TOUCH WOOD: A Girlhood in Occupied France by Renee Roth-Hano

TOUCH WOOD: A Girlhood in Occupied France

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KIRKUS REVIEW

A first book, in diary form, based on the author's experiences during WW II. Renee, eldest of a tailor's three daughters, has fled the German invasion with her parents, sisters, and grand-mère, leaving Alsace for Paris. As the Nazis tighten their noose around France's Jews, the family progresses from economic exclusion to the wearing of stars to living in fear of deportation. Hoping to save the girls, their parents send them to a Catholic women's residence in Normandy; and in the latter half of the book, they live in an alien world-amid mounting deprivation. During the Allied invasion they flee with other residents, in fear of starvation, Allied bombs, and German retribution. As the story closes, the family is reunited and begins to count the cost of survival. Told in the present tense, this has the feel more of a memoir than of a novel. Roth-Hano adheres to her 9-to-14-year-old voice, and brings the experience to life in small, telling details. A worthy addition to the literature about the Holocaust written for children.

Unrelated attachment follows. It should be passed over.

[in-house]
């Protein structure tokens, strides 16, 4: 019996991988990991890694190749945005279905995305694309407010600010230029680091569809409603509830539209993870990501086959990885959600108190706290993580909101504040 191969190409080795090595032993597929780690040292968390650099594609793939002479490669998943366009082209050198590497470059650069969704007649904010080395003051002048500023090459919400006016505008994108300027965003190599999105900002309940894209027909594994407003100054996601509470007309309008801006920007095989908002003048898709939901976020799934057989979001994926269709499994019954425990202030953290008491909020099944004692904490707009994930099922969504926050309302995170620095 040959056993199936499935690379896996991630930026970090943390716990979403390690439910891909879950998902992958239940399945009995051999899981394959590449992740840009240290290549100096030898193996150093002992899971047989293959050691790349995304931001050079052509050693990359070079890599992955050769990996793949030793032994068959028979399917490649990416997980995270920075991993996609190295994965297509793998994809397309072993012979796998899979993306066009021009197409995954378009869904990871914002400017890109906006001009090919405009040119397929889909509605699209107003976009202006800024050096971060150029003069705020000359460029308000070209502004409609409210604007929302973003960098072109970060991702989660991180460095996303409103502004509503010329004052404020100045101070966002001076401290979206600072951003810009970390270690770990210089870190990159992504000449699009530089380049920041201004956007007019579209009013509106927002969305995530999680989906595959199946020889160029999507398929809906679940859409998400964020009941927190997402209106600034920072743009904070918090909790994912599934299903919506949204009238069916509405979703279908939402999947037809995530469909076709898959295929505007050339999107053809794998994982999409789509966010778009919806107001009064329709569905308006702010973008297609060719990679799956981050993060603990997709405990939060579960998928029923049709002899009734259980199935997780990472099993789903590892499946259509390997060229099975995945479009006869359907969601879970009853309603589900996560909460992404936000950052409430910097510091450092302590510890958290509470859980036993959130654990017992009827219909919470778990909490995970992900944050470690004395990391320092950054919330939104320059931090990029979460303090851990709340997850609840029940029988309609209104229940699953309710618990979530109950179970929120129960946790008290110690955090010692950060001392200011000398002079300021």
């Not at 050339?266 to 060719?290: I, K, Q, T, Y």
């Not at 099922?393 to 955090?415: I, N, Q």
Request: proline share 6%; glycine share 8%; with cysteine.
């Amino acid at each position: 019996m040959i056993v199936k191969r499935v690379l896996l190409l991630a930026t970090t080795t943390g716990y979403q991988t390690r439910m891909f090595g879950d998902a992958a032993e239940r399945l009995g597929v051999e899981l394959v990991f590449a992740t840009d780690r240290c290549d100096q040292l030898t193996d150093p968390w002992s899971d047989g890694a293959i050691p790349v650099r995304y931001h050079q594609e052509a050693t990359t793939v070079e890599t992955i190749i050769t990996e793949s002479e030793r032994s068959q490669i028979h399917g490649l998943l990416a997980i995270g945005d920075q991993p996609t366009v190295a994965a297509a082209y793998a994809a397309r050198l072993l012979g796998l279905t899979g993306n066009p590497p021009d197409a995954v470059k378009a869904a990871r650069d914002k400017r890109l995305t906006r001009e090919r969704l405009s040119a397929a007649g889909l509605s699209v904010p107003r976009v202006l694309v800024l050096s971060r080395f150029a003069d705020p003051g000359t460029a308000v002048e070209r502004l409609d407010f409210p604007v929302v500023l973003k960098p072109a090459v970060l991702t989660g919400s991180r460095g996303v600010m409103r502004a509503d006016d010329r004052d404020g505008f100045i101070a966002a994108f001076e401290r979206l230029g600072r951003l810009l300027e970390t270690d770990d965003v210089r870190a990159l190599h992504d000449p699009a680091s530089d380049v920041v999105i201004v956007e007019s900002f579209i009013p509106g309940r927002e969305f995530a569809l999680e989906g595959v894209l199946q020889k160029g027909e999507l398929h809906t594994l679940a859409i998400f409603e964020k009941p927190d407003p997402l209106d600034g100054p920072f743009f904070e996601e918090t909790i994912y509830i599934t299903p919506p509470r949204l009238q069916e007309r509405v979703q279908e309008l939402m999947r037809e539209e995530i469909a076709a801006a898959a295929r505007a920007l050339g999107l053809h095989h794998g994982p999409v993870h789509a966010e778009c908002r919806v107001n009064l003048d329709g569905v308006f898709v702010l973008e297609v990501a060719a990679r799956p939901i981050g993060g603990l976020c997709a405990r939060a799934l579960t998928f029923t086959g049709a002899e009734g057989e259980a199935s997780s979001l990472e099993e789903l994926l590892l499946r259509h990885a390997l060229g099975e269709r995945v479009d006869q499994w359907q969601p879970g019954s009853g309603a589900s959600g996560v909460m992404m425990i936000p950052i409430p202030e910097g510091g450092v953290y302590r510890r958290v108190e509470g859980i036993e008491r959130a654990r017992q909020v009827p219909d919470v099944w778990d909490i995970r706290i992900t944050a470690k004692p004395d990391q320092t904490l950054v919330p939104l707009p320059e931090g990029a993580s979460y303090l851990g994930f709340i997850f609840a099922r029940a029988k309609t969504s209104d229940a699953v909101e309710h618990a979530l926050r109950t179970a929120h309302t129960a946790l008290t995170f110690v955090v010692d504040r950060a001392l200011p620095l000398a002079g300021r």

Pub Date: May 1st, 1988
Page count: 256pp
Publisher: Four Winds/Macmillan